McAdam: Farrell should be the fix Sox organization needs

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McAdam: Farrell should be the fix Sox organization needs

Over the last few years, as the Red Sox went from an appearance in the ALCS to a first-round wipeout to three straight non-playoff seasons, it's been obvious that their man shortcomings have been the decline of their pitching staff and a series of ill-advised free agent investments.

And here's where John Farrell comes in.

The pitching part is obvious. Farrell served as the Red Sox' pitching coach from 2007-2010, a period in which the Sox compiled the third-best ERA in the American League.

Under Farrell's direction, both Jon Lester and Clay Buchholz enjoyed their best seasons. If the Sox are to be successful in 2013 and going forward, the pair must get turned around.

Though he's returning to the Red Sox as manager of the entire roster and not as pitching coach, Farrell's working knowledge and familiarity with the two can't do anything but help.

In his introductory press conference, Farrell almost casually noted that, even from the opposing dugout, he noticed some "obvious things" in Jon Lester's delivery and has, in the last couple of days, mentioned those to Lester.

"We all recognize how important pitching is, and particularly starting pitching," said Farrell. "You look at every team that's advanced to the post-season and it typically starts and ends with the strength of your starting rotation. That is a priority. You can't over-emphasize the importance of the starting rotation.

"And we do need some work in the rotation. In talking with Clay and Jon already, they're eager to get going, even though the post-season this year hasn't even ended. But I think we'll tap back into those previous experiences to get it right. But the capability is here."

The same goes for Daniel Bard. Moved from the bullpen to the rotation last spring with disastrous results, Bard completely melted down against, ironically, the Blue Jays and Farrell on June 1.

He subsequently was sent to the minors for a two-month stint where his unraveling continued, leaving his future with the Sox uncertain.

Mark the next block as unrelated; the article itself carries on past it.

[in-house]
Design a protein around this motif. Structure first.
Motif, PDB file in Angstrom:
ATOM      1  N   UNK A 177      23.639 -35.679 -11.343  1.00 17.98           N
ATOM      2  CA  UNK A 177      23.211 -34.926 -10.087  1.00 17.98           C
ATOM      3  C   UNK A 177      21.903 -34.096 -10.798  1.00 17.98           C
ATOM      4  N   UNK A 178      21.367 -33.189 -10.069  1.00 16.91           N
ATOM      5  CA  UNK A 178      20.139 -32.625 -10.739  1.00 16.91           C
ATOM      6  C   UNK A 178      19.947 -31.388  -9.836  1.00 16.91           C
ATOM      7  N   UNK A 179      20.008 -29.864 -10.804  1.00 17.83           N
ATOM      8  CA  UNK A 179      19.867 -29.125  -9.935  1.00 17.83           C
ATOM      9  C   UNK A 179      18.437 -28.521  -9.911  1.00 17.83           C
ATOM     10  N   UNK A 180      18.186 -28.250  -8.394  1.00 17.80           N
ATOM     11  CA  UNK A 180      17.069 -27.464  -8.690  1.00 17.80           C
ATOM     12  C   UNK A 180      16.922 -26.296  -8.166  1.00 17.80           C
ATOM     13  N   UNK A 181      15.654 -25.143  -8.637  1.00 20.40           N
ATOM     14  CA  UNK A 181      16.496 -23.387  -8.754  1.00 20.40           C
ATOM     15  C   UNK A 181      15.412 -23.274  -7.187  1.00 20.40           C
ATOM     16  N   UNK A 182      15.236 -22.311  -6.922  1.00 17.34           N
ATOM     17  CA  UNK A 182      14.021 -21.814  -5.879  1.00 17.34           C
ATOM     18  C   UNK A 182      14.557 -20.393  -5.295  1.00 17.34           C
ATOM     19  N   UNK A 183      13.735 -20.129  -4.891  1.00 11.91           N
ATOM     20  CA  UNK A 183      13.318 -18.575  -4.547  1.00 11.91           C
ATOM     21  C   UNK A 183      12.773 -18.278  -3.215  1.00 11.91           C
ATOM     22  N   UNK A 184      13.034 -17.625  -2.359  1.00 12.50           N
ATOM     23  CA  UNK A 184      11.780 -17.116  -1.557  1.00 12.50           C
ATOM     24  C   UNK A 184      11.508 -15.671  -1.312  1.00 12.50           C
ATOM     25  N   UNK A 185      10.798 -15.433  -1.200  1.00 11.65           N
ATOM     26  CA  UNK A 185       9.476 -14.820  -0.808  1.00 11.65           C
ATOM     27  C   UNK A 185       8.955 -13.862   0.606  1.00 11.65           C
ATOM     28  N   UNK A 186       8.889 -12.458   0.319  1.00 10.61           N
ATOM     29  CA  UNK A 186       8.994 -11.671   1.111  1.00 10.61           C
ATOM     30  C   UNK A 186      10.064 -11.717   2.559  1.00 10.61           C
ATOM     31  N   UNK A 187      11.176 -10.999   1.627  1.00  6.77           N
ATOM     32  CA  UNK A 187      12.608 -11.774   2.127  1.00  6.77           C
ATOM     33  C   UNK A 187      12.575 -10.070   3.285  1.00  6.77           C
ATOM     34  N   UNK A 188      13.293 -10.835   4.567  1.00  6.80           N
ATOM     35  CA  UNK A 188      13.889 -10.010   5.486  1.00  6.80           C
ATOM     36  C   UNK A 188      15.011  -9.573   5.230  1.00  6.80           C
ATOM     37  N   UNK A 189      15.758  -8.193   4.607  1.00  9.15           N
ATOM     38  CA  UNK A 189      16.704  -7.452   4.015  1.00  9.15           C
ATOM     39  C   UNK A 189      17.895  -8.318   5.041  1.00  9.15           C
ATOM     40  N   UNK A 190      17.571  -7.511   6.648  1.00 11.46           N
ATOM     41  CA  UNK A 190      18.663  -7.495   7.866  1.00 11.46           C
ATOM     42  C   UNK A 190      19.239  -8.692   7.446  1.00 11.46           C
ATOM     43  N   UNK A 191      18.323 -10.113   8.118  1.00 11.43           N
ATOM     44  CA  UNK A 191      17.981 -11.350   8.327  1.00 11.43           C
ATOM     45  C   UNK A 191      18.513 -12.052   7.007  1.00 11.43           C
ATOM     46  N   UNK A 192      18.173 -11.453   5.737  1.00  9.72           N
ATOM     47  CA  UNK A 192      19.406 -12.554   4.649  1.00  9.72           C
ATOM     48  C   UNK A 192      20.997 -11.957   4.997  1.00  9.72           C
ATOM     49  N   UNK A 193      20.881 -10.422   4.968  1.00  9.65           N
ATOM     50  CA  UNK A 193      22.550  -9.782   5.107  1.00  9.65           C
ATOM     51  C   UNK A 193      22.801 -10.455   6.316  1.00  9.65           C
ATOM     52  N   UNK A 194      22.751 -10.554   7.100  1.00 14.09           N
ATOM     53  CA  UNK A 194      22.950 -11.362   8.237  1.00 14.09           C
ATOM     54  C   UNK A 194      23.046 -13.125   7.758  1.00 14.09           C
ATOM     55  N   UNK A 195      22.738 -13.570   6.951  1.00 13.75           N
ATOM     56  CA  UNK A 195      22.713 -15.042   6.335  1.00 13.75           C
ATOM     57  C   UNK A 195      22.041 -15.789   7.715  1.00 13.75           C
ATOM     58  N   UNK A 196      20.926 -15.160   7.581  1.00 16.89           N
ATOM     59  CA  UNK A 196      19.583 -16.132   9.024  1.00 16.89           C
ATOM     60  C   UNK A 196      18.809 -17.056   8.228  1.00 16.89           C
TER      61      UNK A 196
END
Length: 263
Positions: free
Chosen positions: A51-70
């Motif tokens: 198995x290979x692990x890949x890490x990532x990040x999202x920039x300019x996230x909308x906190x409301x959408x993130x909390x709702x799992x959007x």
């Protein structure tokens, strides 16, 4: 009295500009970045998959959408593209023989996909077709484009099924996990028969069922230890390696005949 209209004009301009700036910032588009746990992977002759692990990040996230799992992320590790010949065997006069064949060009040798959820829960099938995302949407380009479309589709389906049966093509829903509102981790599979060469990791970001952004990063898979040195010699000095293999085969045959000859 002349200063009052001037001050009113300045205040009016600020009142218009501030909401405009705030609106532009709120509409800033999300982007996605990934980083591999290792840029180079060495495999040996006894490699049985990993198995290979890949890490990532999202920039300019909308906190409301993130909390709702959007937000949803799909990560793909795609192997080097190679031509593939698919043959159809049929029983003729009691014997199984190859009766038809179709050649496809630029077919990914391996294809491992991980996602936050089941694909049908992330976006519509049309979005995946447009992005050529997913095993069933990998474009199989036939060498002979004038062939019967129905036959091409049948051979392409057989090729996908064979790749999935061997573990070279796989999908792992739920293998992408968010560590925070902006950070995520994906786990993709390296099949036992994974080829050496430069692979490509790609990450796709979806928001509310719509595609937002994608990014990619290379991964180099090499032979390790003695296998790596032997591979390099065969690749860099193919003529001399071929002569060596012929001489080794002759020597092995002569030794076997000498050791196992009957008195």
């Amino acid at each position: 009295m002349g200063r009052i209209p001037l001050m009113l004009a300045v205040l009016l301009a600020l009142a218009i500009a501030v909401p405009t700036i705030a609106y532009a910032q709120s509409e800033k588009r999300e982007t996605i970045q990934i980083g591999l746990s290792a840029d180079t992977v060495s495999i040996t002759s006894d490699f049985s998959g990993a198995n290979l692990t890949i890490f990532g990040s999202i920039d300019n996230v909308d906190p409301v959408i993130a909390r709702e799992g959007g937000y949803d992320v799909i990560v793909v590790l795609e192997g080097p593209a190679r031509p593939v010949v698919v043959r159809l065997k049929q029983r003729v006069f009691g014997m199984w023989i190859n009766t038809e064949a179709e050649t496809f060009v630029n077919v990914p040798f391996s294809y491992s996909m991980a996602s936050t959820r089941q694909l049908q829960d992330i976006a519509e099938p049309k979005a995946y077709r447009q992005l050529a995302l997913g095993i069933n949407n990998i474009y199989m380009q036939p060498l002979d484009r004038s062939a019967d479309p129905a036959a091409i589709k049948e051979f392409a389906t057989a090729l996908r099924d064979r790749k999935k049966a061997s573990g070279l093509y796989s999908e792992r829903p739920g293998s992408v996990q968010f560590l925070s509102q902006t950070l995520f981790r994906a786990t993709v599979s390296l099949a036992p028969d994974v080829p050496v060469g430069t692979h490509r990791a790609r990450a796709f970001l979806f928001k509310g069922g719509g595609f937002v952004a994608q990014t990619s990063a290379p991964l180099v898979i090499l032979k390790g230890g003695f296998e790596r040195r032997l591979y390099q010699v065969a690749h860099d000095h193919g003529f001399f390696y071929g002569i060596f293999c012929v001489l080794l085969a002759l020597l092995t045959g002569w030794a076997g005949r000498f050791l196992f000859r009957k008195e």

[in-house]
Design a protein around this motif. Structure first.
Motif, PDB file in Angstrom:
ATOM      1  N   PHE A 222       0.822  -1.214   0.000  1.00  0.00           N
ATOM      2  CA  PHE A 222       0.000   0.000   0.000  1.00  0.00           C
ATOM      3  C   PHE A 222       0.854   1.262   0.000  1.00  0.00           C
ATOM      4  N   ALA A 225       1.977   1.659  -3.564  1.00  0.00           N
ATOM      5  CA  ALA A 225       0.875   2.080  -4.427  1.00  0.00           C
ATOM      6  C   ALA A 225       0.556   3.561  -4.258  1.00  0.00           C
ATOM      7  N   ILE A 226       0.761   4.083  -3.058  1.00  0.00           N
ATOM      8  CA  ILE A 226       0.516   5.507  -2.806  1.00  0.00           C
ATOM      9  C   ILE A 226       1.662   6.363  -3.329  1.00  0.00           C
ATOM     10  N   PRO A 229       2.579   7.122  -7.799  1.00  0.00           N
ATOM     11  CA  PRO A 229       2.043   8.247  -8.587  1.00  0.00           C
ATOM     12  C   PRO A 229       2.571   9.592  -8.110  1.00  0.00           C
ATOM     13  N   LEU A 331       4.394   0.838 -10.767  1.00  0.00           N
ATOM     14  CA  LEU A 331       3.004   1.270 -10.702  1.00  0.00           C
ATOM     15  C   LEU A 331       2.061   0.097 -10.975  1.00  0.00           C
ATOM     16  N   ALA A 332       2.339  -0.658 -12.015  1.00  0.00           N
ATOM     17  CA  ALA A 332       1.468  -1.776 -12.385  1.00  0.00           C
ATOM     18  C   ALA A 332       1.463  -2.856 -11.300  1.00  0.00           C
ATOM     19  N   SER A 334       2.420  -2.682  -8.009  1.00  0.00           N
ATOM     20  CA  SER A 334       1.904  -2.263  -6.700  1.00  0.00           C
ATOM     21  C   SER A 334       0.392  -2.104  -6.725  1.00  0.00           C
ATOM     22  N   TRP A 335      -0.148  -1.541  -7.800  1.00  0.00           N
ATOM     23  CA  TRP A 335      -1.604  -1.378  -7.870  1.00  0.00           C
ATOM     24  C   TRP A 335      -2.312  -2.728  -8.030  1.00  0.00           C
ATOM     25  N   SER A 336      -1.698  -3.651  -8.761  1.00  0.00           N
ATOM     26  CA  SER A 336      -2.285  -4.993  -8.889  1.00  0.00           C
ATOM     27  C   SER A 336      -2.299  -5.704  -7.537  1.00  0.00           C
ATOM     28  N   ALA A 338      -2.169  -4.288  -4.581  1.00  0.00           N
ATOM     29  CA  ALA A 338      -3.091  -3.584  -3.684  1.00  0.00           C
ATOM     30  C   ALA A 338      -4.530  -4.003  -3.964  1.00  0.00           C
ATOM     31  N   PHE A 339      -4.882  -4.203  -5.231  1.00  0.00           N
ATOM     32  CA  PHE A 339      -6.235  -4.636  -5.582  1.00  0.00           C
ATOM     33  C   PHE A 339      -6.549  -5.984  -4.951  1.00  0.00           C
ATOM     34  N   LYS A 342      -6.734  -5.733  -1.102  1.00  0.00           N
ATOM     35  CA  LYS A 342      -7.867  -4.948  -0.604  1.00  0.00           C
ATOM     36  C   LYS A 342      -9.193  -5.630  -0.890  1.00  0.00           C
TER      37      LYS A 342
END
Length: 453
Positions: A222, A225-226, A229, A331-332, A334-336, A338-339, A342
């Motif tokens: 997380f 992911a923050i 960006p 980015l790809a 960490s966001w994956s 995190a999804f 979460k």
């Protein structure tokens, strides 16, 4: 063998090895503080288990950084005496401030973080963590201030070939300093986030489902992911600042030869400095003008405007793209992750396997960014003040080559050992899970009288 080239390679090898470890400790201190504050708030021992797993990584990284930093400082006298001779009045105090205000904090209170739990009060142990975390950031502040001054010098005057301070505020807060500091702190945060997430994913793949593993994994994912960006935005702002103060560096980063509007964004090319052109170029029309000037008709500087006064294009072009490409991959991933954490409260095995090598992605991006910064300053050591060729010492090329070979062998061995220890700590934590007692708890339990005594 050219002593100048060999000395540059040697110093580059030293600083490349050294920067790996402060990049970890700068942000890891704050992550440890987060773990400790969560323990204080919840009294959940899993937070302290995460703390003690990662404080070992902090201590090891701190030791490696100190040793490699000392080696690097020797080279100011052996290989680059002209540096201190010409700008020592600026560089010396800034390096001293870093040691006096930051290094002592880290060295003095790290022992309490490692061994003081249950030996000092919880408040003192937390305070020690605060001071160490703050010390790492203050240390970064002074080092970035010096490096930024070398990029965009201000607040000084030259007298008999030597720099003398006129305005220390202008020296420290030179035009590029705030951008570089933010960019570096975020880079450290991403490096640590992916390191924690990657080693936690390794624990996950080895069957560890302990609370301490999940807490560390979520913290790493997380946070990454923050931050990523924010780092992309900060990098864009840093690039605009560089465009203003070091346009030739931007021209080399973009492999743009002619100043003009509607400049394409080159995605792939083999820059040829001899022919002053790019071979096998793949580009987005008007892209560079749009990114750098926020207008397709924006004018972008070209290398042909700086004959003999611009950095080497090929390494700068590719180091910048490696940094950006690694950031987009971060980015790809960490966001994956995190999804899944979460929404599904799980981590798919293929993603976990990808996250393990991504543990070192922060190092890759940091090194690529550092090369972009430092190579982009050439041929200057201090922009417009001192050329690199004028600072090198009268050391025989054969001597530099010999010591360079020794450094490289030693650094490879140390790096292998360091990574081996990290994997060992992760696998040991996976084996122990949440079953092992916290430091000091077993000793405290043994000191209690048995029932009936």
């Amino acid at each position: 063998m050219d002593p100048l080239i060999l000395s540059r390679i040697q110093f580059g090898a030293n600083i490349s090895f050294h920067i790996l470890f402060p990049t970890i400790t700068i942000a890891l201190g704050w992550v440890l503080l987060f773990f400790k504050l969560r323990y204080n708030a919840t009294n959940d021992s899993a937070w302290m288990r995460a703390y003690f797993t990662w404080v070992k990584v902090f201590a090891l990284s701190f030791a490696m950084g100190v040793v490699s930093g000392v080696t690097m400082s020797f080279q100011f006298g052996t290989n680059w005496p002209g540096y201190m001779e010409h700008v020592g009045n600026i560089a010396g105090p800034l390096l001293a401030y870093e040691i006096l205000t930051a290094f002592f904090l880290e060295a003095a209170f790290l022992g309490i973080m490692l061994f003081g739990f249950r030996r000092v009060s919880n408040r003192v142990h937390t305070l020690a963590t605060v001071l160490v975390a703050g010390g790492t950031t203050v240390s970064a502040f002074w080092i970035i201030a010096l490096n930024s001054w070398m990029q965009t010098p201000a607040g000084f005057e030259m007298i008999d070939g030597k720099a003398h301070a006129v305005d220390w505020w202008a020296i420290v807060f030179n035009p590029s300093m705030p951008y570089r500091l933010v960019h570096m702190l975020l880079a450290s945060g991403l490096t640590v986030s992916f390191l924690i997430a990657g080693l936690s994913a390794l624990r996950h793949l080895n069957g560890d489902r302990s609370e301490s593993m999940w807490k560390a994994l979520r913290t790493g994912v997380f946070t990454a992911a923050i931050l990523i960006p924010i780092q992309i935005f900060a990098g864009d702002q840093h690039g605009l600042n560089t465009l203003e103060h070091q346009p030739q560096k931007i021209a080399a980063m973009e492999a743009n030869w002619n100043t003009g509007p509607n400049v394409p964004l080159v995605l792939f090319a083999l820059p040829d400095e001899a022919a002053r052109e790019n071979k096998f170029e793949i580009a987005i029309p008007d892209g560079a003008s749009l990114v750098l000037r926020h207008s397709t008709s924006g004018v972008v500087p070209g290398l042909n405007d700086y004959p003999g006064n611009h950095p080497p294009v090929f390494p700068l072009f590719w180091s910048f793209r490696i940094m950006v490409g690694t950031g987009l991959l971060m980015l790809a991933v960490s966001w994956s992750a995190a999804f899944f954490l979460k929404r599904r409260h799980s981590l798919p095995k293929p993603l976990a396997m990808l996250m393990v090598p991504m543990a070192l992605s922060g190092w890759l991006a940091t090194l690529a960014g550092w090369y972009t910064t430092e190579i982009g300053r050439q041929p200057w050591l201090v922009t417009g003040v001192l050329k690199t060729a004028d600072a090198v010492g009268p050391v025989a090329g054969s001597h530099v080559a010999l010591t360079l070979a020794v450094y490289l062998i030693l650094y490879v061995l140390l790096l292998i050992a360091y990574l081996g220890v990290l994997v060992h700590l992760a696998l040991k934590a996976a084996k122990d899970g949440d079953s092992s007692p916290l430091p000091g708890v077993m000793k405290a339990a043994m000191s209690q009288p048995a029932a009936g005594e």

But Tuesday, Farrell, who has exchanged text messages and voice mails with Bard already, said Bard "not too long ago might have been the best eighth inning reliever in baseball."

"He's not injured," said Farrell, "and that gives you every reason to believe that he can regain that performance ability."

Bard broke into the big leagues in 2009 with Farrell as his pitching coach. It seems likely that, if anyone can right Bard, it could be Farrell.

Equally important to the task at hand is Farrell's background in player development. From 2001 through 2006 -- before he left to become the Red Sox' pitching coach -- Farrell was the Cleveland Indians' farm director.

At the time, many in the game believed that Farrell was on the front office career track, rather than a uniform or managerial path.

His experience there should prove valuable in Boston. When the Sox shipped Josh Beckett, Carl Crawford and Adrian Gonzalez to the Los Angeles Dodgers on Aug. 25, it was with the admission that the Sox had, in recent years, strayed from the formula that made them so successful from 2003-2008: relying mostly on homegrown talent.

While the 2007 World Series team featured a core of drafted-and-developed players -- Dustin Pedroia, Jacoby Ellsbury, Kevin Youkilis, Jon Lester and Jonathan Papelbon, among others -- the Sox then went on a free agent spending spree that netted them Crawford, Mike Cameron, Bobby Jenks and John Lackey, with little return to show for their investment.

The Sox vowed then to be more "disciplined" with their spending, while limiting their forays into the free agent market.

Though the club saved nearly 260 million in salary obligations with the trade with the Dodgers, the Sox don't intend to plow that money back into free agents this winter.

Rather, the team is expected to introduce a number of top prospects into the lineup in the next two seasons led by infielder Xander Bogaerts, outfielder Jackie Bradley Jr. and pitcher Matt Barnes. Additionally, young players such as Ryan Kalish and shortstop Jose Iglesias, both of whom have already had brief exposure to the majors, are expected to compete for jobs in 2013.

Farrell, having overseen the Indians' system a decade ago, can bring some of that experience to his new position, helping him to integrate the next generation of Red Sox farmhands.